NYS Comptroller: 2020-2021 school budget voter participation increased more than 300% statewide


ALBANY, N.Y. (NEWS10)- The state told New York school districts their budget votes would have to be conducted entirely by mail-in ballot. It appears to have been a successful way to increase participation, according to a report released by the New York State Comptroller’s Office.

Three times the number of New Yorkers participated in 2020-2021 school budget votes compared to the previous five school budget votes. Some districts like Rensselaer City saw participation increase over 500%.

School budget vote participation by region

  • Capital District +172.9%
  • Central New York +230.8%
  • Finger Lakes +234.8%
  • Long Island +184.3%
  • Mid-Hudson +186.9%
  • Mohawk Valley +149%
  • North Country +225.7%
  • Southern Tier +185.4%
  • Western New York +304.7%

In recent years, participation in school budget votes had been declining, particularly since the
implementation of the tax cap. This general trend was reversed for the pandemic-disrupted 2020-21 school budget vote, which was conducted entirely by absentee ballot. This new process likely contributed to an increase in participation: triple the number of votes were cast compared to the prior year, with a slightly higher percentage of votes cast against the budgets.

The New York State Comptroller’s Office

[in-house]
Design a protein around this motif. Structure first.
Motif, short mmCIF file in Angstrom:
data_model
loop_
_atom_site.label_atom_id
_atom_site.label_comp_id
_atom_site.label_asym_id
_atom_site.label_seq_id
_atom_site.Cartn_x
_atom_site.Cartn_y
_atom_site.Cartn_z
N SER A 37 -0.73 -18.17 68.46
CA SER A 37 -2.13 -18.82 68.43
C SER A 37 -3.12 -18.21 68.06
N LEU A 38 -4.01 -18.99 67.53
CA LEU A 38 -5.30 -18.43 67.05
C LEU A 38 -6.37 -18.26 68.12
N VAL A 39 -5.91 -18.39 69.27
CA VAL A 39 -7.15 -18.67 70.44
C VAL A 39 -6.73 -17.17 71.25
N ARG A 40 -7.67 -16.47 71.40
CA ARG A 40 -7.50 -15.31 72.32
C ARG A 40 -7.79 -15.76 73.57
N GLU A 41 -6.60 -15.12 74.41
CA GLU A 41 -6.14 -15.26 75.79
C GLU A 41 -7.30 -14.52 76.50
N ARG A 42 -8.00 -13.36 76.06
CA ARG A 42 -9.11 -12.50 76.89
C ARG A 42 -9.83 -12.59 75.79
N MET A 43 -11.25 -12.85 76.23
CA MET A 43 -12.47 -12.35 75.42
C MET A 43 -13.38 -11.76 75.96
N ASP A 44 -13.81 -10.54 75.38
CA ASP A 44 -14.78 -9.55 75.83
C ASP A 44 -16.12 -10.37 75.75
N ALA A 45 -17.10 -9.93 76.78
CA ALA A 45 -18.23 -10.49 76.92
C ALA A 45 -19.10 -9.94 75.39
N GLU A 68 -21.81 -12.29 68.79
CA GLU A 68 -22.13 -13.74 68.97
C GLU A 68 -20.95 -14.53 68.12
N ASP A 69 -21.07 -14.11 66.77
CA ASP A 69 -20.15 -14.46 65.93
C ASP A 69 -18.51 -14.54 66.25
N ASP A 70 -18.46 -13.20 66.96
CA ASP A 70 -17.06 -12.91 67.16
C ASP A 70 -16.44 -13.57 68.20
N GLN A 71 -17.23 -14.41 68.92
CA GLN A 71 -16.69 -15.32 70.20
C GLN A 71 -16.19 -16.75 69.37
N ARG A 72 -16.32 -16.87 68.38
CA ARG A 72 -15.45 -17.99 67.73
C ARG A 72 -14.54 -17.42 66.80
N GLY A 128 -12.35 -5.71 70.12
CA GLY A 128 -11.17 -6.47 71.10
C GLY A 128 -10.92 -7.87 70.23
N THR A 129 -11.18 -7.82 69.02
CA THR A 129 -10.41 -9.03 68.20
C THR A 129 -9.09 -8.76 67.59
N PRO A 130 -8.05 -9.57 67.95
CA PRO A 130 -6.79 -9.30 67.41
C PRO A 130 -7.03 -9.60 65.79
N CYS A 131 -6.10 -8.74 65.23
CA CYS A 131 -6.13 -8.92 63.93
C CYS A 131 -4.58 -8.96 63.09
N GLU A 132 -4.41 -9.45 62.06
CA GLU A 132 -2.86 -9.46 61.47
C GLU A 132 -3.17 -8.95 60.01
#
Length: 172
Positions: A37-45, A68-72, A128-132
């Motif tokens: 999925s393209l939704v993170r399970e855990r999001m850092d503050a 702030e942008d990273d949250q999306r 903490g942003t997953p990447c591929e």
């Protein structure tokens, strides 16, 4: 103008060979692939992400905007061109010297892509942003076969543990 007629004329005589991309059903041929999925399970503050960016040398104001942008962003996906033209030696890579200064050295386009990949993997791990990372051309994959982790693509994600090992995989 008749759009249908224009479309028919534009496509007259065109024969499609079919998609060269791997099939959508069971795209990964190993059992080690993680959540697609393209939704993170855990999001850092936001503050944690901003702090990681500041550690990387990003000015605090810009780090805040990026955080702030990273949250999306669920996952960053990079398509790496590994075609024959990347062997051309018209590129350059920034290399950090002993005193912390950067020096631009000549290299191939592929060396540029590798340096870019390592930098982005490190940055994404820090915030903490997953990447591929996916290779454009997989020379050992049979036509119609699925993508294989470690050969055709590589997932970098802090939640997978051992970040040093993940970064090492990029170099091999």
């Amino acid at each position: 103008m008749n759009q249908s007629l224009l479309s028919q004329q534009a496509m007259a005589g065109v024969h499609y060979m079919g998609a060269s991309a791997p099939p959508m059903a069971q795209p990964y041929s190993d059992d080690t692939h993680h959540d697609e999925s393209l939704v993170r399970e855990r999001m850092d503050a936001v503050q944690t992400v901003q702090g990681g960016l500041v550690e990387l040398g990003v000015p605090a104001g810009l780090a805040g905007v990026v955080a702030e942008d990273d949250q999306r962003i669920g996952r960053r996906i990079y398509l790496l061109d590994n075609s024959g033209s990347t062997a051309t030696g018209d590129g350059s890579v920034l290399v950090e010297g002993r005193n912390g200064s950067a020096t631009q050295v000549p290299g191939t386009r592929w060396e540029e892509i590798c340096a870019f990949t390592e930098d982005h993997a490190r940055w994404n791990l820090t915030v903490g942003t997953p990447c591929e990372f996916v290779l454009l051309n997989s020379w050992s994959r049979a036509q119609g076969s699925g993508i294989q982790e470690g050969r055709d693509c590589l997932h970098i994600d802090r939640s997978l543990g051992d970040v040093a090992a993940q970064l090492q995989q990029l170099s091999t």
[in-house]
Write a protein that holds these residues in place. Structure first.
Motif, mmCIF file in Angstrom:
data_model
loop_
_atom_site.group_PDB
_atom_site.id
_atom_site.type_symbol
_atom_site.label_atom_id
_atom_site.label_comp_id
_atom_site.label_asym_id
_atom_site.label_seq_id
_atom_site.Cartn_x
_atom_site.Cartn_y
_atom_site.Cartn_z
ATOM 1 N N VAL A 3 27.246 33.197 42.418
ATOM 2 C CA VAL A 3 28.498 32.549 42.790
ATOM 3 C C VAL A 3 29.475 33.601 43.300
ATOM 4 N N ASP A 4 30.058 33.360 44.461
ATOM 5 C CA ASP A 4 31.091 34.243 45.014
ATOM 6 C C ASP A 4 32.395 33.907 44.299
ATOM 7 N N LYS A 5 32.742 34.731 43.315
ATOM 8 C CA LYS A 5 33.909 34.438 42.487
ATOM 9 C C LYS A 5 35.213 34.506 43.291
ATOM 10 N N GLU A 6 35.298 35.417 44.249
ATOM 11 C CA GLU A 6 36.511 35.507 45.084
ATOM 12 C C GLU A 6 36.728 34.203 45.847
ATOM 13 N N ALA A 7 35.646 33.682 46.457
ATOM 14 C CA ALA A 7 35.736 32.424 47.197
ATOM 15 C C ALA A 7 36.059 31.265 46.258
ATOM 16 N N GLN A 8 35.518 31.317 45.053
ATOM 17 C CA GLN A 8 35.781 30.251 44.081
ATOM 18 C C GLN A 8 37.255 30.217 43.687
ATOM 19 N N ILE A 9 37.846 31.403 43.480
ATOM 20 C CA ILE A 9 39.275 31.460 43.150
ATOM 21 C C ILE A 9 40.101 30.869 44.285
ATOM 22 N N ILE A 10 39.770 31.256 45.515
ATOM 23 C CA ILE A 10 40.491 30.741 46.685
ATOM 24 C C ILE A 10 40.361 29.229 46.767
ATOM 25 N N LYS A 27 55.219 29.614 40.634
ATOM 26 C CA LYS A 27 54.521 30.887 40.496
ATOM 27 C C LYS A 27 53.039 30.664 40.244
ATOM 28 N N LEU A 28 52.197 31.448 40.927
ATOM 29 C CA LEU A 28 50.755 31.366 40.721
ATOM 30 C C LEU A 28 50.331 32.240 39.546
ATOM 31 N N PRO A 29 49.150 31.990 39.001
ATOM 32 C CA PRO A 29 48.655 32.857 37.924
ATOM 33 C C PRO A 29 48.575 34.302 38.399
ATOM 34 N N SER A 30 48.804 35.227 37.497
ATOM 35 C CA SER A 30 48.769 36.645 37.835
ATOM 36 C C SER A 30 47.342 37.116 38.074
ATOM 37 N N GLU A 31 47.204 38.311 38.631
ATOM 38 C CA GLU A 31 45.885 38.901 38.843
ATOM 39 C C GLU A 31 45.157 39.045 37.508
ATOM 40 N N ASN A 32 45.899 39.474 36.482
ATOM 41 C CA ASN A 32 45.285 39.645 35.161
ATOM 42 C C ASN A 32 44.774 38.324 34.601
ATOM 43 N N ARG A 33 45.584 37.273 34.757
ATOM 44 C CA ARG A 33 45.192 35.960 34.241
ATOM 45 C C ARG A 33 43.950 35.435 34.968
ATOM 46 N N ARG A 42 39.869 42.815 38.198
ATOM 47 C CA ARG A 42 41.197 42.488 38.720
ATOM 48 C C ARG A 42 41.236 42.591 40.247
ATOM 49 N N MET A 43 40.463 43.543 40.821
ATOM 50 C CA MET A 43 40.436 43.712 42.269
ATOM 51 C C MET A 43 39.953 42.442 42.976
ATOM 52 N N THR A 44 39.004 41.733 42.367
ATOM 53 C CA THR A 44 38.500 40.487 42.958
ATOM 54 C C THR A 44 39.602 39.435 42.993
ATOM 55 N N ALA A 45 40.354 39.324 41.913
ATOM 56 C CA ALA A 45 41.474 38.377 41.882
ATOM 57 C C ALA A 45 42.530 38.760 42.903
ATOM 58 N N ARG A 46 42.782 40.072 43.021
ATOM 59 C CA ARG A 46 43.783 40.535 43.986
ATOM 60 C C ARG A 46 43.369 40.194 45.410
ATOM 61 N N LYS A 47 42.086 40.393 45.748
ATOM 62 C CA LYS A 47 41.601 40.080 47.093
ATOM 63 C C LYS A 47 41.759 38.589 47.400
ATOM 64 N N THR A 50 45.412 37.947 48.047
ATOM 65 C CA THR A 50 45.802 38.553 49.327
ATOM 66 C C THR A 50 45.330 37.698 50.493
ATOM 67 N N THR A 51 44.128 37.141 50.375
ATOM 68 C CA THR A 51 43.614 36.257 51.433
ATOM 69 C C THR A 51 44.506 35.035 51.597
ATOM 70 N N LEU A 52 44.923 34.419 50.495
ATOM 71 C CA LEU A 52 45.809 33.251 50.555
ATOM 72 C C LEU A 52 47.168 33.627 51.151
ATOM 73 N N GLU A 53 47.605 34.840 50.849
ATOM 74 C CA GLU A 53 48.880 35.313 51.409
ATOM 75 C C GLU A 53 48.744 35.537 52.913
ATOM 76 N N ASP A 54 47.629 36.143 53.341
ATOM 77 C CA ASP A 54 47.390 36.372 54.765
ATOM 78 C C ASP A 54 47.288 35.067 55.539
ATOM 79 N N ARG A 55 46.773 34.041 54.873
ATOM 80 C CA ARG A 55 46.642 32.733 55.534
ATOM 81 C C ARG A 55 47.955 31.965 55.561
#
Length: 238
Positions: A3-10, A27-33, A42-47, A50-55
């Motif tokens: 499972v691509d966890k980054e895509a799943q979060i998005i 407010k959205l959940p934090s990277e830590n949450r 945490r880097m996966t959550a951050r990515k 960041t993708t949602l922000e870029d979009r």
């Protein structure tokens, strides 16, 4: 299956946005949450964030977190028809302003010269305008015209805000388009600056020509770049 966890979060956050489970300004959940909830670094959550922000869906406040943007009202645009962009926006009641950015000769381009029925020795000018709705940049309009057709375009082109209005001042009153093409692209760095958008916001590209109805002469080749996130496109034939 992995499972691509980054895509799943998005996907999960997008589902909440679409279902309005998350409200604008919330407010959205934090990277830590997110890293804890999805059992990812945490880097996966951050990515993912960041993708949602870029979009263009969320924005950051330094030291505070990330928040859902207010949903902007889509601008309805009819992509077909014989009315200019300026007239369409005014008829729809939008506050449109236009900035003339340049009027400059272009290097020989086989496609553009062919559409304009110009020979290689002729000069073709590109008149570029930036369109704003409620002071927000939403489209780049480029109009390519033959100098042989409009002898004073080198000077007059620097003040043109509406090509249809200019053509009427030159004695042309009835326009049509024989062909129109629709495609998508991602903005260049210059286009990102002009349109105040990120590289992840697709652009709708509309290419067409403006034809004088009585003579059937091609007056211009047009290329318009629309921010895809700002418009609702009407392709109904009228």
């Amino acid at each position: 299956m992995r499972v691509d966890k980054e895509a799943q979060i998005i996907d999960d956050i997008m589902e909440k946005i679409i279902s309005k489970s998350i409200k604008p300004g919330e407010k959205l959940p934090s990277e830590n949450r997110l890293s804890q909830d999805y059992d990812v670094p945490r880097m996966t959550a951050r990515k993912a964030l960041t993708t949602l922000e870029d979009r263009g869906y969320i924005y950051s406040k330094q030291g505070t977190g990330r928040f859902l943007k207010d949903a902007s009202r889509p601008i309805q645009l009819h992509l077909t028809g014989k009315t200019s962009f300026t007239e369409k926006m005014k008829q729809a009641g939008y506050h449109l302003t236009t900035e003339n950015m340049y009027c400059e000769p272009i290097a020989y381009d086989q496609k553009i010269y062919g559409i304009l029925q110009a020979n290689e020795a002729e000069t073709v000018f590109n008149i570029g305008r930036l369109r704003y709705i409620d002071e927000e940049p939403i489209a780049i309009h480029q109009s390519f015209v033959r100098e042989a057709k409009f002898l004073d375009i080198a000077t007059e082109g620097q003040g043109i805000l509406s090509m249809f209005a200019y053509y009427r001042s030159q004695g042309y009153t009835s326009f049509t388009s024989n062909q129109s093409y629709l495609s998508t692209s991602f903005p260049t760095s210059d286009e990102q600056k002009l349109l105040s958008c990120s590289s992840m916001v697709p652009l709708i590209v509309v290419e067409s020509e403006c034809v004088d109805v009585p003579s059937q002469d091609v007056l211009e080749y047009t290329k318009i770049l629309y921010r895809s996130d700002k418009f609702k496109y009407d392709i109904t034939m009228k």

Division of Local Government and School Accountability

The top two school districts that saw the greatest increase in school budget votes were the Kiryas Joel Union Free School District (population 20,743) in Orange County with 2152% and the Victor Central School District (population 23,125) in Ontario County with 1013%.

The increase in voter participation did not affect the overall approval percentage of budgets. Twelve school budgets were defeated this year, compared to 11 budgets that were defeated last year.

There was a 4% percent decrease in support statewide from last year’s vote. It equated to approximately a 4.2% decrease in the Capital District. Western New York saw the highest decrease in support for school budgets, 8.5%. Support in the North Country had the second-highest decrease, 5.7%.

The COVID-19 pandemic has raised questions about how to conduct civic responsibilities in a safe, yet still transparent and equitable manner. The Executive Orders relating to allowing people to vote from home presented new challenges. School districts were guided by their existing absentee ballot processes, election law, executive orders, procedural guidance issued by school district associations, and their own legal counsel. Schools had to quickly mail ballots to every qualified voter and receive and count those ballots in a safe, transparent, and secure manner. Continued attention to issues of voting integrity is essential to promote public
confidence in the school budget voting process and to improve voter participation.

The New York State Comptroller’s Office
Division of Local Government and School Accountability


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